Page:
Italy and Greece sign deal defining Mediterranean maritime zones

Agreement comes amid mounting tension with Turkey in the region

Greek Foreign Minister Nikos Dendias (R) and his Italian counterpart Luigi Di Maio sign a maritime zone agreement at the Foreign Ministry in Athens on June 9, 2020.  / AFP / Louisa GOULIAMAKI

Italy and Greece have signed a maritime border agreement defining their exclusive economic zones in the Mediterranean amid escalating tensions in the region over rights to natural resources.

Italian Foreign Minister Luigi Di Maio and Greek Foreign Minister Nikos Dendias signed the agreement at a meeting in Athens hailed by officials as “historic”.

The issue of Greece and Italy’s rights to resources in the Mediterranean was last agreed more than four decades ago.

“Today is a historic day. This is an important development, given that the previous agreement dates from 1977,” Mr Dendias said in a statement after the meeting.

“It remains our country’s firm pursuit to delimit the maritime zones with all of our neighbours, in the framework of international law,” he added.

The deal between the two countries comes on the heels of an agreement last November between the Government of National Accord (GNA) in Libya and Turkey, in which Ankara was granted access to maritime areas rich in natural resources in exchange for military assistance.

FILE PHOTO: Supporters of Libyan National Army (LNA) commanded by Khalifa Haftar, celebrate on top of a Turkish military armored vehicle, which LNA said they confiscated during Tripoli clashes, in Benghazi, Libya January 28, 2020. REUTERS/STAFF/File Photo

Greece, the UAE and regional powers have decried the 2019 deal as illegal.

Ankara’s intervention on the ground in Tripoli, supplying UAVs and thousands of fighters to GNA-aligned forces has tipped the balance of Libya’s internecine civil war in recent weeks.

Under attack for a year in Tripoli from forces loyal to the Libyan National Army (LNA) commander, Field Marshal Khalifa Haftar, since May the GNA has claimed a series of lightning victories in the west of the country.

The Greek foreign minister hit out at the Tripoli-Ankara deal in the eastern Mediterranean as “null and void” and condemned Turkish actions in Cyprus, Syria and Libya.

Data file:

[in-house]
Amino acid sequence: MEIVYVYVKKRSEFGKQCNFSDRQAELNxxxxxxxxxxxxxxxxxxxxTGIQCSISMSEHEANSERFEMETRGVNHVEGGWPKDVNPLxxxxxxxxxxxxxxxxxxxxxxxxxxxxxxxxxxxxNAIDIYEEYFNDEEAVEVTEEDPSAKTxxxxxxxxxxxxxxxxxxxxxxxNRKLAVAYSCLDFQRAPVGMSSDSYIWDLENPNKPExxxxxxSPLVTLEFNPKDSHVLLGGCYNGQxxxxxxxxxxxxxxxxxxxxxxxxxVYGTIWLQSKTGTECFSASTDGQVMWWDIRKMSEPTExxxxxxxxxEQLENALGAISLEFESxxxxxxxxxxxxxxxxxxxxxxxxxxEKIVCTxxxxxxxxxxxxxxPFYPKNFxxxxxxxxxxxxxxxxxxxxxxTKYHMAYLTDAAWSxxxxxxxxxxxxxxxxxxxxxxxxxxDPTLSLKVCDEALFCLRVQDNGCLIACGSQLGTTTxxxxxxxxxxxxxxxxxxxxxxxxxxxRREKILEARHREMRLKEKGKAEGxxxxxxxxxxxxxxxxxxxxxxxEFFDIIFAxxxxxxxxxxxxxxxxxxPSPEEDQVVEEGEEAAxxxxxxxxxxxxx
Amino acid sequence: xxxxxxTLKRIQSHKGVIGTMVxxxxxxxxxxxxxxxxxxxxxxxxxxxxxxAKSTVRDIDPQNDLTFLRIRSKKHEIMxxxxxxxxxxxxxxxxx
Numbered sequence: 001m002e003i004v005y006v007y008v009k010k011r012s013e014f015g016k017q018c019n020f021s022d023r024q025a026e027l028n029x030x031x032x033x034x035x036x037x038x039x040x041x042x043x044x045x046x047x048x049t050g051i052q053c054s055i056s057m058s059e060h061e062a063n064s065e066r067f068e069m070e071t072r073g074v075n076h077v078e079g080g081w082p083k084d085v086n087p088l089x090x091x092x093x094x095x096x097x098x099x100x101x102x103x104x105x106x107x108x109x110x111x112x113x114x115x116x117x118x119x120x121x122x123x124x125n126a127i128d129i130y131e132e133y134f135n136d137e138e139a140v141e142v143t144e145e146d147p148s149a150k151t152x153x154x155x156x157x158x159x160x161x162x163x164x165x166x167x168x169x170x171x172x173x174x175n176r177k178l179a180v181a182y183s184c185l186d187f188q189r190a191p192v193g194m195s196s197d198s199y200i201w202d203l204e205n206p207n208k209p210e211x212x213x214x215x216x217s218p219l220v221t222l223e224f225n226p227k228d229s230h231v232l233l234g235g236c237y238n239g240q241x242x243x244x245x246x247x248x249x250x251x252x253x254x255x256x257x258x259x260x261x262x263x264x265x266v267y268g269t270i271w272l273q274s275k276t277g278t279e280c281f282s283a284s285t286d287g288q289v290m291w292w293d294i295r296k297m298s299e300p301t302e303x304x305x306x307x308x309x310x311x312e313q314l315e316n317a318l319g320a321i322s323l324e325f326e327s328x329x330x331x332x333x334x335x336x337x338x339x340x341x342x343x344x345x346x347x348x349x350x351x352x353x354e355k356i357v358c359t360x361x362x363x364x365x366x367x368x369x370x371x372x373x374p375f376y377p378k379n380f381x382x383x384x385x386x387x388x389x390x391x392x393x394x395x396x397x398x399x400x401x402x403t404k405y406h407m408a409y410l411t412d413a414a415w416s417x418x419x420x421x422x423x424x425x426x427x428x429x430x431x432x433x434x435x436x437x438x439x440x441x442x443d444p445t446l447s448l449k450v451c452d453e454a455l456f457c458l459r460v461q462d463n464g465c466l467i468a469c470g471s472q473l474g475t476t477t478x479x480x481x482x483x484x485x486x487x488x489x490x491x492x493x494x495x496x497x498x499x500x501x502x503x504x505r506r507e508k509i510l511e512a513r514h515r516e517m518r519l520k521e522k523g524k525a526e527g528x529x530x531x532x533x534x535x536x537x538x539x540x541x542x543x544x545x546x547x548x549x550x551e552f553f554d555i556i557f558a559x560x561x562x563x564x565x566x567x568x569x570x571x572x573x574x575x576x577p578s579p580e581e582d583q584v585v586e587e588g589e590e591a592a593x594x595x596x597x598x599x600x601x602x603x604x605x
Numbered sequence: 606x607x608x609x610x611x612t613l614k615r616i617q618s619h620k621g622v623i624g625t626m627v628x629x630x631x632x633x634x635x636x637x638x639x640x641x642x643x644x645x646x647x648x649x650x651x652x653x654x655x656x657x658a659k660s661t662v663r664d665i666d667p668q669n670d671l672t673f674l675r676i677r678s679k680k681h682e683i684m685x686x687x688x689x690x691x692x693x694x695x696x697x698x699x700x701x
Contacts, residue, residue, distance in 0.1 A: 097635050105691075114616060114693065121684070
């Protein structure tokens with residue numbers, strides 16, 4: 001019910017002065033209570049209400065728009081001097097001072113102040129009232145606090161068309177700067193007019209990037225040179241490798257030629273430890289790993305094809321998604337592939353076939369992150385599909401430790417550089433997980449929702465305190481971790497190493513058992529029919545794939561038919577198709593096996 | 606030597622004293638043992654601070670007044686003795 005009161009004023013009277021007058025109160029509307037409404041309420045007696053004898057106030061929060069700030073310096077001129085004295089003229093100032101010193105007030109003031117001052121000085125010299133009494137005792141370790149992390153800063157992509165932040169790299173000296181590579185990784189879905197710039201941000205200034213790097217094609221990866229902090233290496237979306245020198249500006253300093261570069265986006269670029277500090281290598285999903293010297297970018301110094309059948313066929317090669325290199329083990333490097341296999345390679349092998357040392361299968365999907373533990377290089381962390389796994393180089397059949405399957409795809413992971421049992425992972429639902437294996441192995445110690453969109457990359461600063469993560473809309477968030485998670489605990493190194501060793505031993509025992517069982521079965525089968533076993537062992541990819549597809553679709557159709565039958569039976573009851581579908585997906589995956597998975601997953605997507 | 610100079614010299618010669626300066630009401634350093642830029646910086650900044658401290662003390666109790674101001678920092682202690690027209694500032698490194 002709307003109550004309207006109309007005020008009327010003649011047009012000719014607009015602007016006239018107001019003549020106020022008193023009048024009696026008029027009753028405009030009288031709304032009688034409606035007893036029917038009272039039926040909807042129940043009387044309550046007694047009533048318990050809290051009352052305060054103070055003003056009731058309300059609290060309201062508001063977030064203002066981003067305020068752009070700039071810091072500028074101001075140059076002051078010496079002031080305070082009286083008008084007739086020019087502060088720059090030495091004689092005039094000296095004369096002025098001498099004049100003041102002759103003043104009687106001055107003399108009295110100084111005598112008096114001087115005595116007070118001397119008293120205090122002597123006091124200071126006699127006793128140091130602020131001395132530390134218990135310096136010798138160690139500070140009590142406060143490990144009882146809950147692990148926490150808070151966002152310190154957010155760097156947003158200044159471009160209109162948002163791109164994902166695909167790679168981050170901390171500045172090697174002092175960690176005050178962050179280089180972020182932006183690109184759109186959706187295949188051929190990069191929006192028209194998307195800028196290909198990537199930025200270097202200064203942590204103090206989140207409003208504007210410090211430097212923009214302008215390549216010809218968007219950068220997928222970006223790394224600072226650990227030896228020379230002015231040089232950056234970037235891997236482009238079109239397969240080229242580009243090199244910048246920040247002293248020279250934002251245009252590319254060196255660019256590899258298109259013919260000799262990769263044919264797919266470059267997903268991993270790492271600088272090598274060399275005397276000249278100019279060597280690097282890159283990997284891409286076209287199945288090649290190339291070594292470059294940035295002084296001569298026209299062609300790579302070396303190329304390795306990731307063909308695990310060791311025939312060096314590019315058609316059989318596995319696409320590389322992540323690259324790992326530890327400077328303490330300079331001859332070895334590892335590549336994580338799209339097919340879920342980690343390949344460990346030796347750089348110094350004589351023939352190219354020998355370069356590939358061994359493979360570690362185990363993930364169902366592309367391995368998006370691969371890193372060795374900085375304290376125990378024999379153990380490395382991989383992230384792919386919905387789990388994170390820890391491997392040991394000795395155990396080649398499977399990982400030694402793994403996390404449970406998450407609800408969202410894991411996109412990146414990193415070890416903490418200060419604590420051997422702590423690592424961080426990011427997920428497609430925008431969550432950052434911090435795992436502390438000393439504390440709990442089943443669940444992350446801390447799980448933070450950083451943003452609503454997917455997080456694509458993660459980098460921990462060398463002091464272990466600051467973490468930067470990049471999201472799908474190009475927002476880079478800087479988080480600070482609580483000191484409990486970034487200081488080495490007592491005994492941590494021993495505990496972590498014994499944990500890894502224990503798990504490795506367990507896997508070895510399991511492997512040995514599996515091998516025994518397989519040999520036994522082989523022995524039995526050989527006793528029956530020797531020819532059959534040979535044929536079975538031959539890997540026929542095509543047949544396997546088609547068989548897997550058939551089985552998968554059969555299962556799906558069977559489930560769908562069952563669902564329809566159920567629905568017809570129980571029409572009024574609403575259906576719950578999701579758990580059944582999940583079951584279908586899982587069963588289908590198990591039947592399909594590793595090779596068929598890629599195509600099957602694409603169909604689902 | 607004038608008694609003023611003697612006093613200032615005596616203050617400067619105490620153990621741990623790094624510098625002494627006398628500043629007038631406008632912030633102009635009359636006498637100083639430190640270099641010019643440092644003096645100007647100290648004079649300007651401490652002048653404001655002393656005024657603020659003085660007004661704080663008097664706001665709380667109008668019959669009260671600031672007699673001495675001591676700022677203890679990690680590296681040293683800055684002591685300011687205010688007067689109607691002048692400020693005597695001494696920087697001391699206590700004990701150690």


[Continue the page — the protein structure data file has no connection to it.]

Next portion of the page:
The civil war in Libya has increasingly intersected with the long-standing dispute between Turkey and Greece over the island of Cyprus and wider maritime borders. On Friday, Turkey announced its plans to begin drilling in the eastern Mediterranean before the end of the year.

Mr Dendias denounced the Turkish Petroleum Corporation’s applications as “illegal” once again.

Following the meeting between the Greek and Italian foreign ministers, the European Union renewed its calls on Tuesday for a ceasefire in Libya.

Egypt announced on Saturday a blueprint for a political settlement to the conflict in Libya and asked the UN to invite warring parties to Geneva to negotiate an agreement on implementing the plan. The GNA and Turkey have rejected the Cairo peace plan.

“In the aftermath of the constructive commitments to halt fighting, resume dialogue and reach a ceasefire within the framework of the 5+5 joint military committee, taken in Cairo on 6 June … [we] urge all Libyan and International parties to effectively and immediately stop all military operations," the statement from EU foreign policy chief Josep Borrell and Foreign Ministers Jean-Yves Le Drian of France, Heiko Maas of Germany and Mr Di Maio of Italy read.

At the start of this year, world powers met in Berlin at an international conference on Libya in a bid to extend a possible ceasefire. Fighting in the North African nation has intensified in the intervening months, however.

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